• 19 wants a German common law to replace the "materialistic" "Roman law."

  • 20 calls for public education paid for by the state in the interest of the state (again, this is a state of racially defined Germans).

  • 21 wants the state to "ensure that the nation's health standards are raised by protecting mothers and infants, by prohibiting child labor […]." It further demands that this happen "by promoting physical strength through legislation providing for compulsory gymnastics and sports, and by the extensive support of clubs engaged in the physical training of youth."

  • 22 wants a "people's army," not a "mercenary army."

  • 23 is long. It wants non-Germans out of the press and seeks to legally combat "deliberate political mendacity and its dissemination in the press." It wants prosecution of everything the Nazis deemed "fake news" and therefore means repression of opinions.

  • 24 calls for religious freedom, as long as it doesn't "threaten [the] existence" of the state or "offend[s] the moral feelings of the German race." In essence, the Nazis here don't want to scare off conservative Christian voters but have a narrowly-defined view of what "religious freedom" means.

  • 25, finally, seeks to create a strong central power in the state. The specific context of the time and place is again essential here. They want to win power and don't want federalism to hold them up.

Looking at all of this, it becomes clear that this is a very specific document coming from a very specific moment in history. Most points address grievances a good number of Germans had against what they thought kept them poor: the Versailles Treaty, capitalists, etc.

It is an agglomeration of lines of thought that had become prominent in Germany and elsewhere during the nineteenth and early twentieth centuries. As a program, it was neither original (in fact, a good portion was cribbed from that of another party, the DsP) nor groundbreaking. It was a collection of grievances.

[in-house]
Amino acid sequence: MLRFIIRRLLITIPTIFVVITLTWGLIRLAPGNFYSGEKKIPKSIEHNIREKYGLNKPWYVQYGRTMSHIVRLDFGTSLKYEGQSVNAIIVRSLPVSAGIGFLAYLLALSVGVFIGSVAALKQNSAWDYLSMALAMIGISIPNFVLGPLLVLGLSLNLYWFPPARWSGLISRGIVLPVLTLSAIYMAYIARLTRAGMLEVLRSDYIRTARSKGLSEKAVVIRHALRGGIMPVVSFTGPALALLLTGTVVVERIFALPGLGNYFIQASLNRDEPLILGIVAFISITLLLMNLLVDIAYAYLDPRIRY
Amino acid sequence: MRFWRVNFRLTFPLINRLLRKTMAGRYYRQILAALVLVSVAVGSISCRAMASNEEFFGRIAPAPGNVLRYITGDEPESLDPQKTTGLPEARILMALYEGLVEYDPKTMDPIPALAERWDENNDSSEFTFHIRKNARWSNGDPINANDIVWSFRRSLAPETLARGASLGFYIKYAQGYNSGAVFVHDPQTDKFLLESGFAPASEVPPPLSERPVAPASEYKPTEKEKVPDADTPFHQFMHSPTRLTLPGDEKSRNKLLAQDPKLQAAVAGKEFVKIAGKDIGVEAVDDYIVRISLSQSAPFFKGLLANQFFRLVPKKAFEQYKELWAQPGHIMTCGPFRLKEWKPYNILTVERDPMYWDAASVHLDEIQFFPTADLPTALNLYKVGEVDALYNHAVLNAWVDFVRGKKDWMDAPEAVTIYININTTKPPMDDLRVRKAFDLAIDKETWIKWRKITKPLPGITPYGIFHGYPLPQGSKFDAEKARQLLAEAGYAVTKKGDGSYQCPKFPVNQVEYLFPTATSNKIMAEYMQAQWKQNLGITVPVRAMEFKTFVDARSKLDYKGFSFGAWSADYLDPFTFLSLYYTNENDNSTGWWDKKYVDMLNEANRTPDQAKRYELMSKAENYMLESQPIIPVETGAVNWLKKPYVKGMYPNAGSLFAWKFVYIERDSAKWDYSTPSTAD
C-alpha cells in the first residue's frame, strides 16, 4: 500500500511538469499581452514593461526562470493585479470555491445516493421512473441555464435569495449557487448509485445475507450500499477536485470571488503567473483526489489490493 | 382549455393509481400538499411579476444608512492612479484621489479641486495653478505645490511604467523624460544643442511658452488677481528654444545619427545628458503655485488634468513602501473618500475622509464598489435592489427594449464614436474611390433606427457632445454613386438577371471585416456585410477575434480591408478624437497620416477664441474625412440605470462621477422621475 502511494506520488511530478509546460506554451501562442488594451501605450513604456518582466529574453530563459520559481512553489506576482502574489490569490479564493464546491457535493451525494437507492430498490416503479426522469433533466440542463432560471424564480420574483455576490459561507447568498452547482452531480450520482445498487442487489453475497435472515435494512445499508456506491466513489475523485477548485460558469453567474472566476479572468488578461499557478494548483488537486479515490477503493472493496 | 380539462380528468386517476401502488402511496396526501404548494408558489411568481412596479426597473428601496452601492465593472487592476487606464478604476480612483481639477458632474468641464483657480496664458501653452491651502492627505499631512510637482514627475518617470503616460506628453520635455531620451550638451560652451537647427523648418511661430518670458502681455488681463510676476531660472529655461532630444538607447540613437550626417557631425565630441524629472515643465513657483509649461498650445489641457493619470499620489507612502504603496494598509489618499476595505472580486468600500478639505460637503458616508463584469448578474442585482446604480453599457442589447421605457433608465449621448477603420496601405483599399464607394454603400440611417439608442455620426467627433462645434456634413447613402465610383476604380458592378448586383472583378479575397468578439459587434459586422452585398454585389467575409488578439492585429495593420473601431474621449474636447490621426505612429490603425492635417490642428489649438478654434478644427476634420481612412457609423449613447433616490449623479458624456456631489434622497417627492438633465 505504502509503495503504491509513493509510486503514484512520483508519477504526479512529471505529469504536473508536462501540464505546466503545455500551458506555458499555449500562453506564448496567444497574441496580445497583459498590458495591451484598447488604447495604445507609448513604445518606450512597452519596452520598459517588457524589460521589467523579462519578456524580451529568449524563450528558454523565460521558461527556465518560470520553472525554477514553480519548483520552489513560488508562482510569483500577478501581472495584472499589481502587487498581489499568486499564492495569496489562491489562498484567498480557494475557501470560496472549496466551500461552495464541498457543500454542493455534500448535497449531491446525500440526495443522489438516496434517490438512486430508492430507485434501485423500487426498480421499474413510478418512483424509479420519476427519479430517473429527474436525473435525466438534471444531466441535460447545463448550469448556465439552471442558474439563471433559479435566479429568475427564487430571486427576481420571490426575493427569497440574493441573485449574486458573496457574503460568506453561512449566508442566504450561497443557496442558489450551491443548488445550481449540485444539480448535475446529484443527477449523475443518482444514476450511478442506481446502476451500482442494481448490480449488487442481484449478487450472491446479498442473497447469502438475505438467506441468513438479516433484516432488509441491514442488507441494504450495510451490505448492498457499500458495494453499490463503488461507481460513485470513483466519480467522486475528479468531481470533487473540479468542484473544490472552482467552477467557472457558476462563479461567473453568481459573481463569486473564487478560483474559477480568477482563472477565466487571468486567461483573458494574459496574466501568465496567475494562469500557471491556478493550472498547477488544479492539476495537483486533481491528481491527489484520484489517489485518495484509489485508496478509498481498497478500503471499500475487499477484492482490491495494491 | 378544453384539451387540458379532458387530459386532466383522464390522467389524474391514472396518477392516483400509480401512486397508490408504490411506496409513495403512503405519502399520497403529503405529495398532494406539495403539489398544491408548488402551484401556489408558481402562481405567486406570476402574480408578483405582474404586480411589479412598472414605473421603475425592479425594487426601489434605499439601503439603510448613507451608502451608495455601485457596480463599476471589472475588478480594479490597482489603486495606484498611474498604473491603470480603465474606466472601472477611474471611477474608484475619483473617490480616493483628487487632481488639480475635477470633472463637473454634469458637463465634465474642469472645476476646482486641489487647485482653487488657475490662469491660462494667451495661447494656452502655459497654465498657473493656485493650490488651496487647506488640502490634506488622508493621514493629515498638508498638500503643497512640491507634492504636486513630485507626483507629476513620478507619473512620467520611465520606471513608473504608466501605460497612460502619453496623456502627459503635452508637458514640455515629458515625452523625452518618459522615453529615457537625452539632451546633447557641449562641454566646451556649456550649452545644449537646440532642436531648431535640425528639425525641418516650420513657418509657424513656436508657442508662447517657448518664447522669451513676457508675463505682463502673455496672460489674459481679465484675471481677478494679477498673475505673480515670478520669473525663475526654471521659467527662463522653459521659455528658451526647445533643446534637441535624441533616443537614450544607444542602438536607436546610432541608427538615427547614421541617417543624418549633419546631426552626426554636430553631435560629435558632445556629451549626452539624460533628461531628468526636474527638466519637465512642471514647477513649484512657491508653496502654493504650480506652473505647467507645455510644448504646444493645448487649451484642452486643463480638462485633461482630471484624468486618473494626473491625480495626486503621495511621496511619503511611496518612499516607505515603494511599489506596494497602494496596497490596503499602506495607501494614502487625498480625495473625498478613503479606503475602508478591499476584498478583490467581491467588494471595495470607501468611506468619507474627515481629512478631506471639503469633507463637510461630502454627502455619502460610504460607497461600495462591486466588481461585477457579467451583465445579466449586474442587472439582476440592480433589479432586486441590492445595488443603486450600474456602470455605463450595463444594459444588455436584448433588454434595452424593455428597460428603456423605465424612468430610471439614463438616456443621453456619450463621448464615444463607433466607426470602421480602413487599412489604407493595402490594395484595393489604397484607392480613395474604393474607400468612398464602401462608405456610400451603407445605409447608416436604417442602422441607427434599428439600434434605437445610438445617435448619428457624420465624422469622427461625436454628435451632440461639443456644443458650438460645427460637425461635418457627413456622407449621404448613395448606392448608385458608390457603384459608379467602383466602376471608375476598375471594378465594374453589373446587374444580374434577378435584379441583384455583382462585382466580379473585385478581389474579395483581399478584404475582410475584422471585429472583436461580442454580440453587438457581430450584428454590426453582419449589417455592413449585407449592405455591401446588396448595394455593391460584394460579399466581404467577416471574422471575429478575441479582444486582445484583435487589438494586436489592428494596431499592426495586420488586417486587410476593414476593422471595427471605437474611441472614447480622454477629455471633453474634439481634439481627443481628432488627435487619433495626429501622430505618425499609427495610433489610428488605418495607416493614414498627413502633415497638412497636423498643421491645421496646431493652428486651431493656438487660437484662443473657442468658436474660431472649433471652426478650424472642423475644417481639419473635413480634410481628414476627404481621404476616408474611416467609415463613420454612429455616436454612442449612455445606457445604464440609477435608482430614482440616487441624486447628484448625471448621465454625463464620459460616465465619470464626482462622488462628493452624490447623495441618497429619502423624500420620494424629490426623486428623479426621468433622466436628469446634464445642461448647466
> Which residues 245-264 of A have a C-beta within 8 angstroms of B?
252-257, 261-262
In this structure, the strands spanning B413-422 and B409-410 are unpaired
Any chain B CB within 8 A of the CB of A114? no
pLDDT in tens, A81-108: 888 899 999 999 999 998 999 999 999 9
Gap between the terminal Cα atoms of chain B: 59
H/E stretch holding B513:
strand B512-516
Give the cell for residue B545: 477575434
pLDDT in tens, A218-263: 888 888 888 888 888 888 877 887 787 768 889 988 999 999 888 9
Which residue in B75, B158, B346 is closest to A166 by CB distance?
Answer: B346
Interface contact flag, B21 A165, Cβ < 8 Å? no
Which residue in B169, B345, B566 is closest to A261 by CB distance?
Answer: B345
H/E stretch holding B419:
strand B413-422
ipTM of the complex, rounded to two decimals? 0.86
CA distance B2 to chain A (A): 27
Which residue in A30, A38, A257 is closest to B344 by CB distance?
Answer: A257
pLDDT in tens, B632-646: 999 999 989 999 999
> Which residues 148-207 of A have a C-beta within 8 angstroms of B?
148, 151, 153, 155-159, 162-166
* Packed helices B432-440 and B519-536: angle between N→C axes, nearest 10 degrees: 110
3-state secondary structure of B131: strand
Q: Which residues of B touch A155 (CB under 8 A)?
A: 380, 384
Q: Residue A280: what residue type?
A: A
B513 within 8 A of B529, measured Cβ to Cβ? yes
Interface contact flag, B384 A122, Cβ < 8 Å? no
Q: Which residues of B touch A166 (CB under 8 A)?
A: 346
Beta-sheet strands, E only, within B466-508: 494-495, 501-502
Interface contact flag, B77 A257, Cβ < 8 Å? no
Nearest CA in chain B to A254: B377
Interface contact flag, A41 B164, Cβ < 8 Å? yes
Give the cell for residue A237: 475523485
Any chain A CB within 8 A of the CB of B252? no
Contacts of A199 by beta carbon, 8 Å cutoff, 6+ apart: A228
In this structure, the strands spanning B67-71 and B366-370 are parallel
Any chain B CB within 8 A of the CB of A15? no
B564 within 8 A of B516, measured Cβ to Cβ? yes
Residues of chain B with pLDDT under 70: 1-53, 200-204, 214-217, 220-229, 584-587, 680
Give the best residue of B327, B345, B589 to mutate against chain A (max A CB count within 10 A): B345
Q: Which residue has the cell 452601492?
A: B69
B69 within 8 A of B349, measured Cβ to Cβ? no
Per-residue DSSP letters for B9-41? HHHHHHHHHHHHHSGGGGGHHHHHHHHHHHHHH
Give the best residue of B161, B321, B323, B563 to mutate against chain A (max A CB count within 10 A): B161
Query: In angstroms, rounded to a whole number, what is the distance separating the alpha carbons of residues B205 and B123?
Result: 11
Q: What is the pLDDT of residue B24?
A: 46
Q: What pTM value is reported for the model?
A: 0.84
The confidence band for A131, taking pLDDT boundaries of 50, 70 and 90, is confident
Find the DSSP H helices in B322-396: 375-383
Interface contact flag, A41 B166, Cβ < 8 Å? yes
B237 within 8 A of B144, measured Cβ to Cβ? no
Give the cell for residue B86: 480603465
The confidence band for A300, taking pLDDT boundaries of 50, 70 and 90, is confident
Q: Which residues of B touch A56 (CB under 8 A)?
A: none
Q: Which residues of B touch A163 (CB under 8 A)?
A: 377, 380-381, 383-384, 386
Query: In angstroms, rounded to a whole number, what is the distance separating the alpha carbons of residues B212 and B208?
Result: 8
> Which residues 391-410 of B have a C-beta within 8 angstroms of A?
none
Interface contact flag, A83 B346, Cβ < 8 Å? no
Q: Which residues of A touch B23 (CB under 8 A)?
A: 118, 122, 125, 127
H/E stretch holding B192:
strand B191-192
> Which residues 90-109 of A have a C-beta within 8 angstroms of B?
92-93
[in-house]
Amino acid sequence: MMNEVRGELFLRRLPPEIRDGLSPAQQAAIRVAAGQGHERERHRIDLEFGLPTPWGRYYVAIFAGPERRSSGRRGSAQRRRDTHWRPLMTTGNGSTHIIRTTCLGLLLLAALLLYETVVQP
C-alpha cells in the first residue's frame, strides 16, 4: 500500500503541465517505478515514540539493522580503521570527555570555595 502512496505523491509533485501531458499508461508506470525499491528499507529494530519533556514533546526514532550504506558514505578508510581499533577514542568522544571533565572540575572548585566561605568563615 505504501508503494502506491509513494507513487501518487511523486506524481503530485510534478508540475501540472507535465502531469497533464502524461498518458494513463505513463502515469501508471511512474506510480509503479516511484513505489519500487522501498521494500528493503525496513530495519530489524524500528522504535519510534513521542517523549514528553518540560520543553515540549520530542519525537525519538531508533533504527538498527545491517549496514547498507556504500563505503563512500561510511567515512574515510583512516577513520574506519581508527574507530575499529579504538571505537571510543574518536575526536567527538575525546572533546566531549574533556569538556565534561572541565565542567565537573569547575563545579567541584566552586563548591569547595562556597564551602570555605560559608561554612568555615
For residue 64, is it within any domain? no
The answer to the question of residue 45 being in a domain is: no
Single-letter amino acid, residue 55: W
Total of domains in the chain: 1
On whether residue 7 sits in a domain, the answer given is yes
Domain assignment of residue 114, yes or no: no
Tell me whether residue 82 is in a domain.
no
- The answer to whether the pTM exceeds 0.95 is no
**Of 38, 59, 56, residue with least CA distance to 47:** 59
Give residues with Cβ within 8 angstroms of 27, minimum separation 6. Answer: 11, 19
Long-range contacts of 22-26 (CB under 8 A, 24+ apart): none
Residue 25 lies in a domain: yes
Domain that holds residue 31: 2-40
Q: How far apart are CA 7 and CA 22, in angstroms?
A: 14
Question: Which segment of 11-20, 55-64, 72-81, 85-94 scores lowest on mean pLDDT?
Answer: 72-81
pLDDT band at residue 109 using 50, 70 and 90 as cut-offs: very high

It is highly anti-semitic, either explicitly  – when Jews are mentioned – or implicitly  – when they are implied to hold power or money they somehow don't deserve, as in the provisions concerning department stores. The latter led to Nazi policies that had repercussions into the twenty-first century. The final large property restitution case in connection with these was settled only in 2007.

The Nazi program was a product of its time. It was an instrument of the Nazi party. It posits there is a "community" of "natural" German people, a "Volksgemeinschaft." This word had come out of the nationalist discourse of the nineteenth century was commonly used by Germans of many political affiliations. The Nazis, however, meant it in a highly restrictive definition, which would soon exclude not only Jews but also critics of the regime, such as Social Democrats.

According to the Holocaust Museum, "[m]ost prisoners in the early concentration camps were German Communists, Socialists, Social Democrats, Roma (Gypsies), Jehovah's Witnesses, homosexuals, and persons accused of 'asocial' or socially deviant behavior."

Much of the program, especially the supposedly "socialist" aspects, was quickly abandoned. Hitler repeatedly forced thinkers who aligned with certain socialist positions into conformity with his wishes, or out of the NSDAP altogether.